Cartoon Plans Doc on `What's Up, Doc?'

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Cartoon Network will present its annual Bugs Bunny marathon this weekend sans
several controversial animated shorts that it said would most likely air in a
documentary later this year.

The network pulled about one-dozen Bugs Bunny shorts from the 1940s through
the 1960s from its 'June Bugs' stunt, which will run June 1 through 3, because
the cartoons depicted negative racial stereotypes. Some of the more offending
images include Bugs appearing in blackface, as well as poking fun at the faces
of Indians and Eskimos.

Cartoon had planned to run the shorts during the late-night hours of the
marathon with a disclaimer noting that it does not endorse racial
stereotypes.

But after further discussion, network executives decided to pull the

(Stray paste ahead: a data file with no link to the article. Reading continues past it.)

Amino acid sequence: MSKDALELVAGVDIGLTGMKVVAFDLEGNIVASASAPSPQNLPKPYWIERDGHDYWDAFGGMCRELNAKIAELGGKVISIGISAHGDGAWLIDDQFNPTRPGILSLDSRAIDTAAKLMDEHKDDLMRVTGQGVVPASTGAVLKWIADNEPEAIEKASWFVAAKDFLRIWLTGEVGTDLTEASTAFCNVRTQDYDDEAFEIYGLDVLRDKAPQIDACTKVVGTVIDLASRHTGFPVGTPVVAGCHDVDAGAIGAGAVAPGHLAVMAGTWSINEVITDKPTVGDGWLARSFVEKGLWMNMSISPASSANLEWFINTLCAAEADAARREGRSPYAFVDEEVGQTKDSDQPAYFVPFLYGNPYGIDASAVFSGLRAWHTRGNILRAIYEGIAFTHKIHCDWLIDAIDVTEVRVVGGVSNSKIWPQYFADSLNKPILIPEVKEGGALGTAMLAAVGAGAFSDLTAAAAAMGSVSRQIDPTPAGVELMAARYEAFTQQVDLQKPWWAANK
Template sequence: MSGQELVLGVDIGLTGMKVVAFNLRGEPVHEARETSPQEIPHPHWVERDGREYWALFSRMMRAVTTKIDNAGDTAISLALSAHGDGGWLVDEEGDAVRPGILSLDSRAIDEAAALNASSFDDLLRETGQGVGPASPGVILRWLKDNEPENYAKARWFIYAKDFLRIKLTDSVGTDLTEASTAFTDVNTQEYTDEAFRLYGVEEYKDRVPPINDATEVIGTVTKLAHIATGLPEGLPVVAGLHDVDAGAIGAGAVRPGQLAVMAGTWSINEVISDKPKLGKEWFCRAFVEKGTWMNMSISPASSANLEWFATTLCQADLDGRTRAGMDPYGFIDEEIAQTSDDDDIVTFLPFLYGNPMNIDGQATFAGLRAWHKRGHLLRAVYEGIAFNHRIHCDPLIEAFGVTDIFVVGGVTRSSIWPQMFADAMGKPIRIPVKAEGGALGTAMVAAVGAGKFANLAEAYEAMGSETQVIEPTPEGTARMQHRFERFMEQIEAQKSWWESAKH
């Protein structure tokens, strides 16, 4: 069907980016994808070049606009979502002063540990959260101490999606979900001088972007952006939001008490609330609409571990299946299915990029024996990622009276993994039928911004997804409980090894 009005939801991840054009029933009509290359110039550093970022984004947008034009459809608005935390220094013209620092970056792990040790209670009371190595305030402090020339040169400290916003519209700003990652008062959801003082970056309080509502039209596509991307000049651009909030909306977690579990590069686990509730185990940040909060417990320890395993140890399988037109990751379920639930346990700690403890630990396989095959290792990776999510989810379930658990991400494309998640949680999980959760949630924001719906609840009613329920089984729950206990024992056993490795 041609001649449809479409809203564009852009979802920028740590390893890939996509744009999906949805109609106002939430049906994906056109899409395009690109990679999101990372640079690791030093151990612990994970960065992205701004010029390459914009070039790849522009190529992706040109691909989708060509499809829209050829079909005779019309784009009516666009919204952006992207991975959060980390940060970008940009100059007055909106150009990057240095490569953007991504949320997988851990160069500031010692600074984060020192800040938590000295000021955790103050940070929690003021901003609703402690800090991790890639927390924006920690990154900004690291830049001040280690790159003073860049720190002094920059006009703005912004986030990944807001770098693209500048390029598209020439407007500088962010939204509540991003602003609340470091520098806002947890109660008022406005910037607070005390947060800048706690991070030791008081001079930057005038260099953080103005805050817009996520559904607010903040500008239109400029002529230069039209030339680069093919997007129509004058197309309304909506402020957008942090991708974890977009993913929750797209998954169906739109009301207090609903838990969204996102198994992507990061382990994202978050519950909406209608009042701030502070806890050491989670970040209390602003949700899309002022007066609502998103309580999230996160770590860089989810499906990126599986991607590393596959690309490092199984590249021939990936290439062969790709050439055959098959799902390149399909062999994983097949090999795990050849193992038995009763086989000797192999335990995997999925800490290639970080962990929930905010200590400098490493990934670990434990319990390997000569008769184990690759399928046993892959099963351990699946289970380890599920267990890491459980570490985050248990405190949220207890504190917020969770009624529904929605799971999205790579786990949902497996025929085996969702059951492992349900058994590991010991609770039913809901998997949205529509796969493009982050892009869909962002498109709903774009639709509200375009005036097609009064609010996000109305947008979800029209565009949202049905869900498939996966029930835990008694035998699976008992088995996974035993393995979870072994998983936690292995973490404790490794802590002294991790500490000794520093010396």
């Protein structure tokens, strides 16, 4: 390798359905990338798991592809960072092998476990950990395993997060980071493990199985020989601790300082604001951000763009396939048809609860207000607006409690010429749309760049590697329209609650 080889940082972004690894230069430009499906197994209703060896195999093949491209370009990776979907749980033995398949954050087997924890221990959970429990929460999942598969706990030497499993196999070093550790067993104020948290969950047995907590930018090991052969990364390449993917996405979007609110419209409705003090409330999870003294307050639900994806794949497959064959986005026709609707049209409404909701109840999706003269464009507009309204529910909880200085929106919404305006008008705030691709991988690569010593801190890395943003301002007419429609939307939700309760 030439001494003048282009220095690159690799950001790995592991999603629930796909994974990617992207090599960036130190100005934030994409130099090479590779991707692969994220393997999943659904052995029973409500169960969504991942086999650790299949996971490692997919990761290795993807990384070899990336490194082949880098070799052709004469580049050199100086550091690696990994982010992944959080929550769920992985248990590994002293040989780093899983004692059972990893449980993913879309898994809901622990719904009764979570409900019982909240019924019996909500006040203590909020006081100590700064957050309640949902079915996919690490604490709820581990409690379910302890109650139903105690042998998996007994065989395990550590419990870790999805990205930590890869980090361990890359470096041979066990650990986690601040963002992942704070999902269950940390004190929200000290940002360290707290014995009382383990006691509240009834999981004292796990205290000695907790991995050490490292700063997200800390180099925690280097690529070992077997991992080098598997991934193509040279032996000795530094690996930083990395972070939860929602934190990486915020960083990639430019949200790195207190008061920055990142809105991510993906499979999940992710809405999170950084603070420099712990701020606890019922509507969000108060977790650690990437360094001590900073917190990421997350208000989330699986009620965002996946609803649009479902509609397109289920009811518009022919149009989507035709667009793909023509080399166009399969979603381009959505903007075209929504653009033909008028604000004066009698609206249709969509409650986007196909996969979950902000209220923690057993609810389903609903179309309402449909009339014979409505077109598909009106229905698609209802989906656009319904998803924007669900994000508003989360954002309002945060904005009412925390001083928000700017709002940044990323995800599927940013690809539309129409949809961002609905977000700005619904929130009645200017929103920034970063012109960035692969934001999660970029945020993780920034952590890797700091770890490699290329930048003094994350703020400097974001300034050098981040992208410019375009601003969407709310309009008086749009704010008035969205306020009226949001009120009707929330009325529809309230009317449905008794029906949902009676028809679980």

controversial cartoons and create a documentary that would provide more
discussion about the images portrayed in the shorts. Cartoon is currently in 72
million households.

'We're the leader in animation, but we're also one of the top-rated
general-entertainment networks,' vice president of public relations Laurie
Goldberg said. 'There are certain responsibilities that come with that.'

It was unclear at press time when the documentary would be completed or
air.

'We're hoping to come up with something that everyone internally can be
comfortable with,' Goldberg added.

The network will air several of the controversial cartoons as part of a
future weekly 'Toonheads' series focusing on wartime cartoons. Some of the
shorts to be featured include 'Bugs Bunny Nips the Nips,' in which the 'wascally
wabbit' fights Japanese soldiers; and 'Herr Meets Hare,' in which Bugs battles
Germans from World War II.

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